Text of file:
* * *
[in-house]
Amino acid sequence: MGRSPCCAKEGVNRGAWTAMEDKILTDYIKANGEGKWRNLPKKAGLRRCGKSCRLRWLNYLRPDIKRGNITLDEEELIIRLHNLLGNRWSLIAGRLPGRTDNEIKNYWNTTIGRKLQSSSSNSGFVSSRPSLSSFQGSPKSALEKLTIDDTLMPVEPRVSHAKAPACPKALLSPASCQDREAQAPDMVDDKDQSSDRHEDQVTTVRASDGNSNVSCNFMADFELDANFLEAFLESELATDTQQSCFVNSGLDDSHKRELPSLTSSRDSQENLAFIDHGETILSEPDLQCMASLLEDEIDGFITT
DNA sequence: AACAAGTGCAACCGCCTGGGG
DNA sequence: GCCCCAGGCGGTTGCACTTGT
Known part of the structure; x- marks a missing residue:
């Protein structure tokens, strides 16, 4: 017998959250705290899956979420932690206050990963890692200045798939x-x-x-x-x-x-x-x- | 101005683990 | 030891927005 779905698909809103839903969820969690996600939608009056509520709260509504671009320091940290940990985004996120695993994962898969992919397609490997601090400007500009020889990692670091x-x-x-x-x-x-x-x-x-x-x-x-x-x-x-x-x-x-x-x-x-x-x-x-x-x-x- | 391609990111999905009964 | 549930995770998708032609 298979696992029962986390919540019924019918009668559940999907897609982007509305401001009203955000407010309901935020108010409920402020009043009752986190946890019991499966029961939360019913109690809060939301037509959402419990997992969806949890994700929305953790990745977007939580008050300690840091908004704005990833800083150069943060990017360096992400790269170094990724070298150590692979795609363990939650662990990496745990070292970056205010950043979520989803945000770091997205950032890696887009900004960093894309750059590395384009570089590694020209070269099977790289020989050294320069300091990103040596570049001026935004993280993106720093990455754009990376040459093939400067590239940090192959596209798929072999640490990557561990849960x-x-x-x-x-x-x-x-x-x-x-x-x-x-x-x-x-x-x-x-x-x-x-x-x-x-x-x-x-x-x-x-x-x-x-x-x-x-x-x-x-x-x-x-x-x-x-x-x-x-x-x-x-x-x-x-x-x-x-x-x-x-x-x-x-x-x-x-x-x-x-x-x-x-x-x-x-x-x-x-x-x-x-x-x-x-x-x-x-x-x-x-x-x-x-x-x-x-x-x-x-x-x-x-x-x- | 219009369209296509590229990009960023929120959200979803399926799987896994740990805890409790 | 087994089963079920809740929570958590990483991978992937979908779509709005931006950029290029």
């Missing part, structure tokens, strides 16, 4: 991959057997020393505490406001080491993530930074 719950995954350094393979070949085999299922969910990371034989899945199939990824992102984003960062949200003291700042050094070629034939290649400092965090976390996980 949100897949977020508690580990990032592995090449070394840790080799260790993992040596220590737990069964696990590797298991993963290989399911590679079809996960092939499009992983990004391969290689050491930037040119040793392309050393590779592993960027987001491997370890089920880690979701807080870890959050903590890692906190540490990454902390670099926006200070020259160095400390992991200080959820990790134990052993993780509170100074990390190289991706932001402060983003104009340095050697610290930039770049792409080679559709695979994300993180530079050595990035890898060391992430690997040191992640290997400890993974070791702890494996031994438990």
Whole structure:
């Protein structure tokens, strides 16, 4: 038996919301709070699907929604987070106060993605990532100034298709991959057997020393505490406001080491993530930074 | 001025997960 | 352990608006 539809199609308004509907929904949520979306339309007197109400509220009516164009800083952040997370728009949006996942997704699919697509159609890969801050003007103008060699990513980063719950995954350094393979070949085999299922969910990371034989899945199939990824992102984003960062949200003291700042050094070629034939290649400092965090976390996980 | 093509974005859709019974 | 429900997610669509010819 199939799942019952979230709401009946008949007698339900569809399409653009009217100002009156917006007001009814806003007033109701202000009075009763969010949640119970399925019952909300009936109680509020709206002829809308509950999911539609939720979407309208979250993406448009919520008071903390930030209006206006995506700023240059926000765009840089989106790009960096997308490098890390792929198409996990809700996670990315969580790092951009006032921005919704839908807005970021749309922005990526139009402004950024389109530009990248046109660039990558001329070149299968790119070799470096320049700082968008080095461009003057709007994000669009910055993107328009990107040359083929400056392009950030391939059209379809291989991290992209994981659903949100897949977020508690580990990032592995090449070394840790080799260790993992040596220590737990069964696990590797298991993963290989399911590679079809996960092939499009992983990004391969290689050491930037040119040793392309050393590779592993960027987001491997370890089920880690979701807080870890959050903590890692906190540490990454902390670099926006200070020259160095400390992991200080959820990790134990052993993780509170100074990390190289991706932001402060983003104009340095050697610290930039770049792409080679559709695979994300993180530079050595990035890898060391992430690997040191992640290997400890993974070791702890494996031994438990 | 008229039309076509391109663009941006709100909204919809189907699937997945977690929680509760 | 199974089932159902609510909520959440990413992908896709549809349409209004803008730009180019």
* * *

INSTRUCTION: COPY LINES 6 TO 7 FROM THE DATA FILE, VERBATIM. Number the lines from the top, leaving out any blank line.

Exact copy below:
């Protein structure tokens, strides 16, 4: 017998959250705290899956979420932690206050990963890692200045798939x-x-x-x-x-x-x-x- | 101005683990 | 030891927005 779905698909809103839903969820969690996600939608009056509520709260509504671009320091940290940990985004996120695993994962898969992919397609490997601090400007500009020889990692670091x-x-x-x-x-x-x-x-x-x-x-x-x-x-x-x-x-x-x-x-x-x-x-x-x-x-x- | 391609990111999905009964 | 549930995770998708032609 298979696992029962986390919540019924019918009668559940999907897609982007509305401001009203955000407010309901935020108010409920402020009043009752986190946890019991499966029961939360019913109690809060939301037509959402419990997992969806949890994700929305953790990745977007939580008050300690840091908004704005990833800083150069943060990017360096992400790269170094990724070298150590692979795609363990939650662990990496745990070292970056205010950043979520989803945000770091997205950032890696887009900004960093894309750059590395384009570089590694020209070269099977790289020989050294320069300091990103040596570049001026935004993280993106720093990455754009990376040459093939400067590239940090192959596209798929072999640490990557561990849960x-x-x-x-x-x-x-x-x-x-x-x-x-x-x-x-x-x-x-x-x-x-x-x-x-x-x-x-x-x-x-x-x-x-x-x-x-x-x-x-x-x-x-x-x-x-x-x-x-x-x-x-x-x-x-x-x-x-x-x-x-x-x-x-x-x-x-x-x-x-x-x-x-x-x-x-x-x-x-x-x-x-x-x-x-x-x-x-x-x-x-x-x-x-x-x-x-x-x-x-x-x-x-x-x-x- | 219009369209296509590229990009960023929120959200979803399926799987896994740990805890409790 | 087994089963079920809740929570958590990483991978992937979908779509709005931006950029290029």
């Missing part, structure tokens, strides 16, 4: 991959057997020393505490406001080491993530930074 719950995954350094393979070949085999299922969910990371034989899945199939990824992102984003960062949200003291700042050094070629034939290649400092965090976390996980 949100897949977020508690580990990032592995090449070394840790080799260790993992040596220590737990069964696990590797298991993963290989399911590679079809996960092939499009992983990004391969290689050491930037040119040793392309050393590779592993960027987001491997370890089920880690979701807080870890959050903590890692906190540490990454902390670099926006200070020259160095400390992991200080959820990790134990052993993780509170100074990390190289991706932001402060983003104009340095050697610290930039770049792409080679559709695979994300993180530079050595990035890898060391992430690997040191992640290997400890993974070791702890494996031994438990």